Blessed are the Poor

While Spain’s “Indignados” have poured much of their anger so far on politicians, Garcia said Saturday’s Madrid march was likely to focus more on bankers.

In London, which was hit by rioting and looting by disaffected people in early August, protesters were using social media like Facebook and Twitter to plan their Stock Exchange protest on Saturday.

The Occupy London protest aims to draw attention to “the economic systems that have caused terrible injustices around the world,” according to their website.

“Bankers have got off scot-free whilst the people of this country are being punished for a crisis they did not create,” a statement on the website said, echoing the chant taken up by U.S. marchers: “We are the 99 percent.”

Unions, which organized protests against austerity moves in debt-stricken Greece, welcomed the New York protests.

“It’s optimistic because we haven’t seen such protests before,” Greek public sector unionist Despina Spanou told Reuters. “There is no coordination so far because most of this is spontaneous, but we cannot rule anything out.”

Newspapers around the world have sought to identify the true motor of discontent driving the Occupy Wall Street movement, with the Korea Herald seeing an historic dimension reflecting the civil rights movement and anti-Vietnam War rallies.

“But perhaps the closest historical parallel is with the Populist movement of the 1890s, which, like Occupy Wall Street, was a broad, economics-driven revolt that targeted a predatory class of corporate capitalists – the robber barons of the Gilded Age,” the newspaper said.


Japan’s Kyodo news agency ran an interview from New York with organizer Kalle Lasn who said he hoped that “Occupy Wall Street” would inspire Japan’s jobless youth.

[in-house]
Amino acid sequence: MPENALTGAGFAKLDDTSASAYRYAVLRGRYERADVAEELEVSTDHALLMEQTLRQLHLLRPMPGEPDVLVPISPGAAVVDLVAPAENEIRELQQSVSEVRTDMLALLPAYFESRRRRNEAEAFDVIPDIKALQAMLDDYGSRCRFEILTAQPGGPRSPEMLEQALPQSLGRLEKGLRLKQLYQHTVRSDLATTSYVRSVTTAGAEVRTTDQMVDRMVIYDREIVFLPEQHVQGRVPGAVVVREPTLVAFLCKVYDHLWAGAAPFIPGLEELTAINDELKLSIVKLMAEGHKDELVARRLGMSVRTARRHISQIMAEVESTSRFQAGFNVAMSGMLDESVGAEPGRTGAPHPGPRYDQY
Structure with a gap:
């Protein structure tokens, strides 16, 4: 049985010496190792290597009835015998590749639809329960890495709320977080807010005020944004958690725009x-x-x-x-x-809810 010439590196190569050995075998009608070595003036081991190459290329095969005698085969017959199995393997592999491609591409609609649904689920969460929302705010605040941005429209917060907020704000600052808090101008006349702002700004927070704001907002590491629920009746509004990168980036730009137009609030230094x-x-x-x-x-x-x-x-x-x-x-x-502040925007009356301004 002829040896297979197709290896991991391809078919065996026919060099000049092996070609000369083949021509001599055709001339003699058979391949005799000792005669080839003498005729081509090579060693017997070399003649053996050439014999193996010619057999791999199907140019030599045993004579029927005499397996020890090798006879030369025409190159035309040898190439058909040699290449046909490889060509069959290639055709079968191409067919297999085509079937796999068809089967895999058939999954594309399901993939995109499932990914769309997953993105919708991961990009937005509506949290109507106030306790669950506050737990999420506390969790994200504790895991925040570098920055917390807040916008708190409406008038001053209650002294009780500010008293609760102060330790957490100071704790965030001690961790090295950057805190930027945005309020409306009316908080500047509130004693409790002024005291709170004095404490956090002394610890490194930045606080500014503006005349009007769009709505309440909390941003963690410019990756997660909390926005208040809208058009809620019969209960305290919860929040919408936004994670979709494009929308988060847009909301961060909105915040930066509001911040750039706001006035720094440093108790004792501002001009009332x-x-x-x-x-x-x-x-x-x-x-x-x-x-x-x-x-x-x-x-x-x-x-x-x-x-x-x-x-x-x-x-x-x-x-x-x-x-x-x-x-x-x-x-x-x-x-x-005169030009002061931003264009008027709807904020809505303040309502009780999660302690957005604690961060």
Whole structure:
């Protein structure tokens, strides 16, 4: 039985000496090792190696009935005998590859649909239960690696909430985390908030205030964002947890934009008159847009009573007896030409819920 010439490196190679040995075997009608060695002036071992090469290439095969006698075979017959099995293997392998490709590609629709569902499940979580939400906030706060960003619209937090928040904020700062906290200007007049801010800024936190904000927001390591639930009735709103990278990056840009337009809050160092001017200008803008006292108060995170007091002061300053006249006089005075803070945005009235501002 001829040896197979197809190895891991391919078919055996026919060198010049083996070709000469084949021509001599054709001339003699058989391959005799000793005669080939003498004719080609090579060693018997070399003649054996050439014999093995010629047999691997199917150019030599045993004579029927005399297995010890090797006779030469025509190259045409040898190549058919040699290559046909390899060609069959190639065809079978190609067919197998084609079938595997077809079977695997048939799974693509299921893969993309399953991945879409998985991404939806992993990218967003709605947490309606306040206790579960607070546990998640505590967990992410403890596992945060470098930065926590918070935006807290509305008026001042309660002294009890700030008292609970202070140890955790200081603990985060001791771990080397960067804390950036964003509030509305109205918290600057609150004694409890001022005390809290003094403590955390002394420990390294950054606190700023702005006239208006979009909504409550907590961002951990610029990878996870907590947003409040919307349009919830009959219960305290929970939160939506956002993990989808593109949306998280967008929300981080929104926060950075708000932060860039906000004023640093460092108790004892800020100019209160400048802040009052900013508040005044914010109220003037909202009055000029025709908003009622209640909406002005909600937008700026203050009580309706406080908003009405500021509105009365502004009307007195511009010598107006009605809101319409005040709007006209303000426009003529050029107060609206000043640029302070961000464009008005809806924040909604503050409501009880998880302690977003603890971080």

“Is there some beginning of some kind of ‘Occupy Tokyo’ or ‘Occupy Marunouchi’, something like that happening in Japan right now or not?” Kyodo quoted Lasn as saying, referring to the Marunouchi business district in


The Occupy Wall Street protests across the United States with their focus on banking bailouts and unfairness appeared to present a dilemma for Russian Prime Minister Vladimir Putin.

The protests support one Kremlin agenda by underscoring the economic troubles of Moscow’s Cold War foe, but could also send a signal encouraging street protests — not what Putin wants as he heads toward a second stint as president in a March vote.

This July, Putin said the United States was “acting like hooligans” in the global economy. In Aug

ust, he said the United States was living beyond its means “like a parasite.”

Putin and President Dmitry Medvedev have not spoken publicly about the protests, but state-run TV stations they use to shape opinion seem to have found a way around the contradiction.

Footage of crowds protesting against perceived corporate greed and government connivance echo

Occupy The World

ed the emphasis on U.S. economic inequality that was a Soviet-era propaganda staple.

Such footage may also back up Putin’s argument for a tight state rein on

Russia’s corporate world –

– and his colorful depictions of the United States as a flagging, sometimes dangerously irresponsible financial power.

At the same time, news footage often focusing on outspoken, outlandishly dressed participants in the U.S. protests appeared aimed at lending the crowds a circus-like look that could be to discourage Russians from trying this at home.

The Chinese, however, have not been so subtle, using the movement to fire repeated broadsides at the capitalist system.

“The Occupy Wall Street movement was sparked by the extreme disparity between the rich and the poor,” the Hong Kong Economic Journal said in its editorial.

“Now it looks like the spark is being turned into a great fire that is spreading to other countries.”

British commentators were not so convinced by such an apocalyptic vision. Giles Whittell in the London Times, highlighting the movement’s lack of a coherent agenda, came to the conclusion in a headline that it was: “Passionate but Pointless.”

(Reporting by Charlie Zhu in Hong Kong, Andrew Hammond in Dubai, Parisa Hafezi in Tehran, Marwa Awad in Cairo, Catherine Hornby in Rome, Michael Martina in Beijing, Antoni Slodkowski in Tokyo, Peter Griffiths in London, Tracy Rucinski in Madrid, Renee Maltezou in Athens, Steve Gutterman in Moscow, David Cutler in London; Writing by Peter Millership; Editing by Mark Heinrich)